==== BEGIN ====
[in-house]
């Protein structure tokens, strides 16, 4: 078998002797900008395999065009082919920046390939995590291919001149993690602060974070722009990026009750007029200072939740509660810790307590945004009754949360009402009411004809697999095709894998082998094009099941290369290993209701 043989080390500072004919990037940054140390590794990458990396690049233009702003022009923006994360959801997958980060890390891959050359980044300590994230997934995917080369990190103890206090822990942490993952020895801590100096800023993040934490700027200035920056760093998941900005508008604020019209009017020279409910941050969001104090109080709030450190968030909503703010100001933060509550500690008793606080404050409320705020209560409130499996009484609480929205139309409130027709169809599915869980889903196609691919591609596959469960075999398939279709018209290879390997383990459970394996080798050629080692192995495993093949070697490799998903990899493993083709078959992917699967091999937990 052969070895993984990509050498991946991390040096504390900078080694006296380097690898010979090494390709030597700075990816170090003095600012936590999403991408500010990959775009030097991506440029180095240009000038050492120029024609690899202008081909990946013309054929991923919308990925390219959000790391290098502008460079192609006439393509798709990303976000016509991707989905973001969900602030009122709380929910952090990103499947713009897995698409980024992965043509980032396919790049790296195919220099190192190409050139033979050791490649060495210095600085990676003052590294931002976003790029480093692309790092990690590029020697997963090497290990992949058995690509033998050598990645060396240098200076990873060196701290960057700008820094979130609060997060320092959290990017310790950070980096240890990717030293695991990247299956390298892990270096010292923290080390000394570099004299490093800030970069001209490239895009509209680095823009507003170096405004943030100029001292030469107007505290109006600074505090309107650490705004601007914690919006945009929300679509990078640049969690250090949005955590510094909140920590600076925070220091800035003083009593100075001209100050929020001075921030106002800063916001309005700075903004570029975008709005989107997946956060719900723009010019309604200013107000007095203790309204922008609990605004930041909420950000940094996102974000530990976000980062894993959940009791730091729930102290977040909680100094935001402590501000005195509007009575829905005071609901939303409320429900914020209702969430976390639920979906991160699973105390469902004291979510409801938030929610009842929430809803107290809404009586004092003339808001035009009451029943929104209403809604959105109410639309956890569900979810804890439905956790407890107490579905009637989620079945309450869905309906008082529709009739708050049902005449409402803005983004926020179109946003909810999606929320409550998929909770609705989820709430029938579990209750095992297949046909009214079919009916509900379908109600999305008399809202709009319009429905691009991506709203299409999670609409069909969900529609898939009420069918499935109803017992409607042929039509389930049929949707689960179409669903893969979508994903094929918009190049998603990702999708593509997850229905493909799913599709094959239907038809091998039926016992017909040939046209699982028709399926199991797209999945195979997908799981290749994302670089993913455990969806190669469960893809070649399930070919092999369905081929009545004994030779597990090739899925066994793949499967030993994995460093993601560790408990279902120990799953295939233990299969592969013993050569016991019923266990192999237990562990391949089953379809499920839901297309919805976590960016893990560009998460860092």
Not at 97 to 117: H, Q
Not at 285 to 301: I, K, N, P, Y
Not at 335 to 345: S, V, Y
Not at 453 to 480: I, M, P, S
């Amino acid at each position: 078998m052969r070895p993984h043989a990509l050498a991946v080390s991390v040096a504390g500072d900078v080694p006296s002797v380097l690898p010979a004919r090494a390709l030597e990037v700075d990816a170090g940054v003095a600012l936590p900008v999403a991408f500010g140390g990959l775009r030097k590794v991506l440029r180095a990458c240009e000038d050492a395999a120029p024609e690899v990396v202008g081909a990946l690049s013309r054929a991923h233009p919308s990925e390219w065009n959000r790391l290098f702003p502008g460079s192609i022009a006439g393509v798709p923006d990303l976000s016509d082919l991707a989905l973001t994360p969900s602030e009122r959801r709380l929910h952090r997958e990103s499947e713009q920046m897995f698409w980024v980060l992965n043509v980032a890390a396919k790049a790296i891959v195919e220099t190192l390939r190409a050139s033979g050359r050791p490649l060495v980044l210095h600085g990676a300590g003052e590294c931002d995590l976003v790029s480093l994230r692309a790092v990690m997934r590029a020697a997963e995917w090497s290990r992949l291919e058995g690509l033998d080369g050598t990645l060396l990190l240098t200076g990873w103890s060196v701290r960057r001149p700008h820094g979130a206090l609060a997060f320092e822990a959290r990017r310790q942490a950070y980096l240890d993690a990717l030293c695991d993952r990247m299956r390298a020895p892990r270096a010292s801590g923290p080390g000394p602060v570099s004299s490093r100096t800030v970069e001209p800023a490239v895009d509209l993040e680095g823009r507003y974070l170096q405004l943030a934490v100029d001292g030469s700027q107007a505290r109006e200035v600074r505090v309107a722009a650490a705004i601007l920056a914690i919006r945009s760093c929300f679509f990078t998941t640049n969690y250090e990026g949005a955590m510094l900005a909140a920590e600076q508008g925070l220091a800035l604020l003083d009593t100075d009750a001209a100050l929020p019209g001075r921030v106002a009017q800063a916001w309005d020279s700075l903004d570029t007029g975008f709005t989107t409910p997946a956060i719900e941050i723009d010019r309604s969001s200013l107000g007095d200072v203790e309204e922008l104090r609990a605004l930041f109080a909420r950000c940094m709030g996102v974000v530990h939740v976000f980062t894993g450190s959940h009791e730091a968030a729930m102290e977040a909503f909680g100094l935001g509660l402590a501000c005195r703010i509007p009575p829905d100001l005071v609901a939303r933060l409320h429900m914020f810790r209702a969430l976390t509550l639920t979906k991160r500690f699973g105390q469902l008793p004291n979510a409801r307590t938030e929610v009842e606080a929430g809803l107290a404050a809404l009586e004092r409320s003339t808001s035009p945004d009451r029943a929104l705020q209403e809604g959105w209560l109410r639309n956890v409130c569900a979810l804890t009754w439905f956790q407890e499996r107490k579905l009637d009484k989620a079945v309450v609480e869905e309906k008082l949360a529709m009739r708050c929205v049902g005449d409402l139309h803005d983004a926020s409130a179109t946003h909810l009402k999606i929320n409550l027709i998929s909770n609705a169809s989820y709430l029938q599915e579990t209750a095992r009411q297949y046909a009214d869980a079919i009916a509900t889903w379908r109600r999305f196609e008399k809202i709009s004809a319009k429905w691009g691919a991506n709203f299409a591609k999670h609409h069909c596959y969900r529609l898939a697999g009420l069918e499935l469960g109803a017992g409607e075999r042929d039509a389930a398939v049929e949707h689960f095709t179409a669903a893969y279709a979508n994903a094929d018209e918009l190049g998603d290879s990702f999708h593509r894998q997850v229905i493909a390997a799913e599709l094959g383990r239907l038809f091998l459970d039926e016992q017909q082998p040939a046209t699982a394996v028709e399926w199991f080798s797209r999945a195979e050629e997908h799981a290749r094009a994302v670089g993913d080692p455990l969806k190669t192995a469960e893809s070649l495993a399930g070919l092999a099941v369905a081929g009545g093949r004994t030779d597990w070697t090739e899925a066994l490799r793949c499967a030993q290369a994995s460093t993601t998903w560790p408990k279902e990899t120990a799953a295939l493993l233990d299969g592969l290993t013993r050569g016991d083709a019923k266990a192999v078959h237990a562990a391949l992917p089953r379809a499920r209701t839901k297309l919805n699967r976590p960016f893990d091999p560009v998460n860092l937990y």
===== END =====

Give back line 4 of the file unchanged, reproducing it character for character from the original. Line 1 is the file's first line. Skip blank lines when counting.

Not at 285 to 301: I, K, N, P, Y